Prep 10 mins
Cook 12 mins
This makes a lot of cookies. I got this recipe online and adjusted it for taste. There are many pumpkin cookie recipes here, but I think this one is different. It is all stuff you usually have in your pantry. This is great with chocolate chips and nuts in place of the raisins too. At the listed baking time you end up with a texture like a muffin top, but you can add time for a chewier cookie.
- 2 cups all-purpose flour
- 1 cup quick-cooking oats
- 1 teaspoon baking soda
- 1 1⁄2 teaspoons ground cinnamon
- 1 teaspoon ground nutmeg
- 1⁄2 teaspoon salt
- 1 cup butter, softened
- 1 cup brown sugar
- 1 cup white sugar
- 2 large eggs
- 1 teaspoon vanilla extract
- 1 cup canned pumpkin puree
- 2 cups raisins
- Preheat oven to 350°F Combine the flour, oats, baking soda, cinnamon and salt; set aside.
- In a large bowl, cream together the butter, brown sugar and white sugar until smooth. Beat in the egg and vanilla then stir in the pumpkin puree. Gradually stir in the dry ingredients until well blended. Mix in raisins. Drop by rounded spoonfuls onto ungreased cookie sheets.
- Bake for 10 to 12 minutes in the preheated oven. Allow cookies to cool on baking sheet for 5 minutes before removing to a wire rack to cool completely.
I had the same problems others did with them spreading too much. Added 1/2 cup flour and 1/2 cup more oats to the leftover batter and they did better... didn't spread at all but weren't falling apart either. I didn't think they tasted much like pumpkin and seem to remember some recipes where pumpkin is used in place of oils so I may replace half the butter with more pumpkin and see how that goes... of course it would be an entirely different recipe at that point! (Also reduced the nutmeg and sub'd with some allspice due to personal preference.)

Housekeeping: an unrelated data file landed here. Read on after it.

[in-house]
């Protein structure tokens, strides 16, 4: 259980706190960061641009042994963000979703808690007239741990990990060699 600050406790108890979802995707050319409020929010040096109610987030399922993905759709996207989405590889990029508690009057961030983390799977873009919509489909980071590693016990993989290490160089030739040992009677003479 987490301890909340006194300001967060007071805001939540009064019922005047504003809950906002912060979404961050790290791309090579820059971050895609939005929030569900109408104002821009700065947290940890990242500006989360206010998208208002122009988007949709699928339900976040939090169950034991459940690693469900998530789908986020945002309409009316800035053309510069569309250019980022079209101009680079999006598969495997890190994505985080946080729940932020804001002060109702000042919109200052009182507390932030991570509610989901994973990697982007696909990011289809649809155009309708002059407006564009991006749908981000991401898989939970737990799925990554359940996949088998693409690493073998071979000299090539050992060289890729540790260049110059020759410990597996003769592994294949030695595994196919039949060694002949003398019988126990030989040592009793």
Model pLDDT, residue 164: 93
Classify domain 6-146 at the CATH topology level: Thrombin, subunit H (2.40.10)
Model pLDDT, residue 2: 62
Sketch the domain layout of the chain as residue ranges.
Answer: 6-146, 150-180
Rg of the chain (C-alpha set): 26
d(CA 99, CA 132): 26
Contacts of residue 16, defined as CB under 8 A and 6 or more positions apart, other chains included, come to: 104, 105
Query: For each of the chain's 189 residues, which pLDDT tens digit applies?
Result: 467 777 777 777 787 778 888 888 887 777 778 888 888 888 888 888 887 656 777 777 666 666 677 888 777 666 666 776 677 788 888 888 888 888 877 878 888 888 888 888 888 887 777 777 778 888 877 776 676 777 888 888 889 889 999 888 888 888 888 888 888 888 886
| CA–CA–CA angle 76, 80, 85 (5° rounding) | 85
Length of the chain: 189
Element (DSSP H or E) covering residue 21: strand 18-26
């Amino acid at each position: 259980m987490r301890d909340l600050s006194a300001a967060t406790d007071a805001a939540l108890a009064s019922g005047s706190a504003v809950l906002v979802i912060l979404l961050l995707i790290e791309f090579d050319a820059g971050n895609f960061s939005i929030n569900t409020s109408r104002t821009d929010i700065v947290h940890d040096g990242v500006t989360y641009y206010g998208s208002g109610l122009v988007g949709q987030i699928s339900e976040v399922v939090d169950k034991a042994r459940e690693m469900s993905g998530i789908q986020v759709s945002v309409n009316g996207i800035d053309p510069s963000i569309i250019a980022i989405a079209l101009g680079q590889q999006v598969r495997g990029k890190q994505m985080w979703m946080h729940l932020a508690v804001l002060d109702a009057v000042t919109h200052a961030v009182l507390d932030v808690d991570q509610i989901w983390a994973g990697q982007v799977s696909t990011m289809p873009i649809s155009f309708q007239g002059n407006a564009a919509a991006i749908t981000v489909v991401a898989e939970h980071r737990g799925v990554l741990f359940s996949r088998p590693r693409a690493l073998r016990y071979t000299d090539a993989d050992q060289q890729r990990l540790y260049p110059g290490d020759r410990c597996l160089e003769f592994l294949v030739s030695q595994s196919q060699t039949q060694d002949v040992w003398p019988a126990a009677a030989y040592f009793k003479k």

Good and chewy! Not being a raisin fan, and hubby doesn't like nuts (arghhhh) so I added 2 cups of chocolate chips. Agree with another poster that chocolate chips AND nuts would be good. Also, I routinely increase the spices. As for the soft batter, I, too, wondered if I had read the flour amount wrong. Not wanting to go heavy on the flour, next time I will let the batter rest even overnight to let the flour swell on its own, and see if that helps. My mother always did this with her cookies and Swedish pancake batter. Ohhhh my goodness, that was heaven--stealing chunks of that delicious Peppernotter dough; a treat not lost on her grand kids, either! <br/>Maybe my oven is slow, but I had to bake these closer to 20 minutes.
This recipe is fantastic! These cookies never last very long in my family. The trick to making them not "fall apart" is in the texture. You want them to stick to your spoon by making it extremely thick. You want to keep the flour to oats amount the same, while getting the correct consistency. When you scoop up the mixture and tip your spoon upside down, you want it to drop off in a large "plop". The recipe is an excellent starting point though! I guess I have perfected this over the years of making them. **Try with cream-cheese frosting**